Do sequential lineups impair underlying discriminability?

Matthew Kaesler, John C. Dunn, Keith Ransom, Carolyn Semmler

Research output: Contribution to journalArticlepeer-review

14 Citations (Scopus)


Debate regarding the best way to test and measure eyewitness memory has dominated the eyewitness literature for more than 30 years. We argue that resolution of this debate requires the development and application of appropriate measurement models. In this study we developed models of simultaneous and sequential lineup presentations and used these to compare these procedures in terms of underlying discriminability and response bias, thereby testing a key prediction of diagnostic feature detection theory, that underlying discriminability should be greater for simultaneous than for stopping-rule sequential lineups. We fit the models to the corpus of studies originally described by Palmer and Brewer (2012, Law and Human Behavior, 36(3), 247–255), to data from a new experiment and to eight recent studies comparing simultaneous and sequential lineups. We found that although responses tended to be more conservative for sequential lineups there was little or no difference in underlying discriminability between the two procedures. We discuss the implications of these results for the diagnostic feature detection theory and other kinds of sequential lineups used in current jurisdictions.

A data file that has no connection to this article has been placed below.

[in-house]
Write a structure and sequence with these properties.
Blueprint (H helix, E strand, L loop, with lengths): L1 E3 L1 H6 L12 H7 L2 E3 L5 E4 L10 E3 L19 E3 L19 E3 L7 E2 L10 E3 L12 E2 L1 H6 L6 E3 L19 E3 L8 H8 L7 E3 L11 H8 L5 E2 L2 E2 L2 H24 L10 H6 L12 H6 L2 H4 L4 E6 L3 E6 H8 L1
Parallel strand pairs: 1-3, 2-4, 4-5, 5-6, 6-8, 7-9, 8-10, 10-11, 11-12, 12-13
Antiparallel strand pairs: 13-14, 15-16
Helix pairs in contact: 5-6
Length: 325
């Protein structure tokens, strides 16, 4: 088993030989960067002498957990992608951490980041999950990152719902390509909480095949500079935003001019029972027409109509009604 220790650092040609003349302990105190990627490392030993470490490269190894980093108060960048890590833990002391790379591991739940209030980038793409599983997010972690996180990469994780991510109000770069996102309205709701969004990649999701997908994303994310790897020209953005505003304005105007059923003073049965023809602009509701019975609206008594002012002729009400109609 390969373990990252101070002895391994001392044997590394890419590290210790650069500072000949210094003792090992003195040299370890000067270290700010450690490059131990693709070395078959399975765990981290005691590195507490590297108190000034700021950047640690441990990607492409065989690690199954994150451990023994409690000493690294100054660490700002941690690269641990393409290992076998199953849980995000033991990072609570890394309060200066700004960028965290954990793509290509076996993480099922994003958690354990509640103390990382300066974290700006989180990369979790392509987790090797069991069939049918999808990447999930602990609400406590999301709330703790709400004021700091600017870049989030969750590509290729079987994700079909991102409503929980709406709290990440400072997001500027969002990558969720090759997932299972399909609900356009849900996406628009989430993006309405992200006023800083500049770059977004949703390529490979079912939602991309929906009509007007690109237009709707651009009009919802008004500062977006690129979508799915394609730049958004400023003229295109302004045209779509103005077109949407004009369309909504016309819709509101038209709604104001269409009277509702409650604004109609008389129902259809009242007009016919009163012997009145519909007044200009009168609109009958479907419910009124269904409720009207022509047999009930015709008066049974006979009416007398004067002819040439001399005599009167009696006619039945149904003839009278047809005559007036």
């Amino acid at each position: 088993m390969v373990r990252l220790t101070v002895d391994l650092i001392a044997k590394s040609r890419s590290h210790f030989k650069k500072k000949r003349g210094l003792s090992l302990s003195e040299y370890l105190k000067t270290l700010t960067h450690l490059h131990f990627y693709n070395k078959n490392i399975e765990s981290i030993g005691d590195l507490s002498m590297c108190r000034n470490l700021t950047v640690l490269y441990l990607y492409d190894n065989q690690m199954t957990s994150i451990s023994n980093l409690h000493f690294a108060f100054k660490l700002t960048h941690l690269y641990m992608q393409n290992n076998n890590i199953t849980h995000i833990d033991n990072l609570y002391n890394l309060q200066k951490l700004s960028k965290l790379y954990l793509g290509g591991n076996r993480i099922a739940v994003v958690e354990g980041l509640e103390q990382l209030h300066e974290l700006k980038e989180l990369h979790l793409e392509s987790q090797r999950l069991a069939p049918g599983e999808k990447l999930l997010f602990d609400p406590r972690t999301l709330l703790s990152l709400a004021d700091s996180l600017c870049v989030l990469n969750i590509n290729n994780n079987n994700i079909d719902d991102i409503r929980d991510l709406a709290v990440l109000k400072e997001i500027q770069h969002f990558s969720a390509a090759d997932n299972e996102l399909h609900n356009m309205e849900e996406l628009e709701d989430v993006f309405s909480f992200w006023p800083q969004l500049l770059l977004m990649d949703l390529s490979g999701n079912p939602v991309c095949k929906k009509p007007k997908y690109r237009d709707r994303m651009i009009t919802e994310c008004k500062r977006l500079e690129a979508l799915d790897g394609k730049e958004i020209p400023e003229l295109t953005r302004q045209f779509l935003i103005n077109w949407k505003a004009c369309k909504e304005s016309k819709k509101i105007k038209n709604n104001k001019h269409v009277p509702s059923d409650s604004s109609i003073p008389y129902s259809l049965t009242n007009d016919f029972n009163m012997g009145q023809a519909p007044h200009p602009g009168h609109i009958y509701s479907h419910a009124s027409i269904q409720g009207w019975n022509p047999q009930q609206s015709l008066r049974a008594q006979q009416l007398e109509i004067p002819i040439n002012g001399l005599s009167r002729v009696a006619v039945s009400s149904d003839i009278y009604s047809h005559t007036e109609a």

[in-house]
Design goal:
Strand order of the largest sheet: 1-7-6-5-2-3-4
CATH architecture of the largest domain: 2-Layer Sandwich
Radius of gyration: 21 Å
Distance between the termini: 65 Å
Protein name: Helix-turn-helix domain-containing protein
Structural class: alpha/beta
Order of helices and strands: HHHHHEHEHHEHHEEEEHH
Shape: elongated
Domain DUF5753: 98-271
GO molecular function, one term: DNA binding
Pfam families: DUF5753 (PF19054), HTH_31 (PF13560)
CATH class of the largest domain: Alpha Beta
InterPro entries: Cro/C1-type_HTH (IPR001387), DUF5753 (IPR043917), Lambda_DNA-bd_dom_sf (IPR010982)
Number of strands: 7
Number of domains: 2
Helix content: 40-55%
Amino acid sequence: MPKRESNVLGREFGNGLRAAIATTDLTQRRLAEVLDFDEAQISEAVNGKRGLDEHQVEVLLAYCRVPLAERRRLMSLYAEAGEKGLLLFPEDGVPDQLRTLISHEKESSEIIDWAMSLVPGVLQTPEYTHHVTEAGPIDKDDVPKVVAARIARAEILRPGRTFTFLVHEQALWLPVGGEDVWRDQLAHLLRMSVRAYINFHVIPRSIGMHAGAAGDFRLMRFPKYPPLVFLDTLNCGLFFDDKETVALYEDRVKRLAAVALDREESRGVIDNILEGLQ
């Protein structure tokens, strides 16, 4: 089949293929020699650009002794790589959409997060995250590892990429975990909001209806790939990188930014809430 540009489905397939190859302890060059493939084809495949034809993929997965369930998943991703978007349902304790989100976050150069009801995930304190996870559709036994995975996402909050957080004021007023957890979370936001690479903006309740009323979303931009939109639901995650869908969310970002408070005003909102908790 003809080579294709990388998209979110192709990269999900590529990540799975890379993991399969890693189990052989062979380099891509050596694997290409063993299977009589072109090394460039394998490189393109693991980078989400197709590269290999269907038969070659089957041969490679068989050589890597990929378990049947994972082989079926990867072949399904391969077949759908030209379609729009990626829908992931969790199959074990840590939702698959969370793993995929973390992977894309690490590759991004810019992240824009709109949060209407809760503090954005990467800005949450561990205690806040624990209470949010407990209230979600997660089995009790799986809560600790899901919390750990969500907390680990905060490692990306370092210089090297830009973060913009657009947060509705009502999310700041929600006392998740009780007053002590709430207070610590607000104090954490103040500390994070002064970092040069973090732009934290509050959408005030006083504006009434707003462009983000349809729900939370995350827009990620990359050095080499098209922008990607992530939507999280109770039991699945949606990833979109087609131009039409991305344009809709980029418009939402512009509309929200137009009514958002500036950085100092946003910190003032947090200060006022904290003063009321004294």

Original languageEnglish
Article number35
JournalCognitive Research: Principles and Implications
Issue number1
Publication statusPublished - Dec 2020


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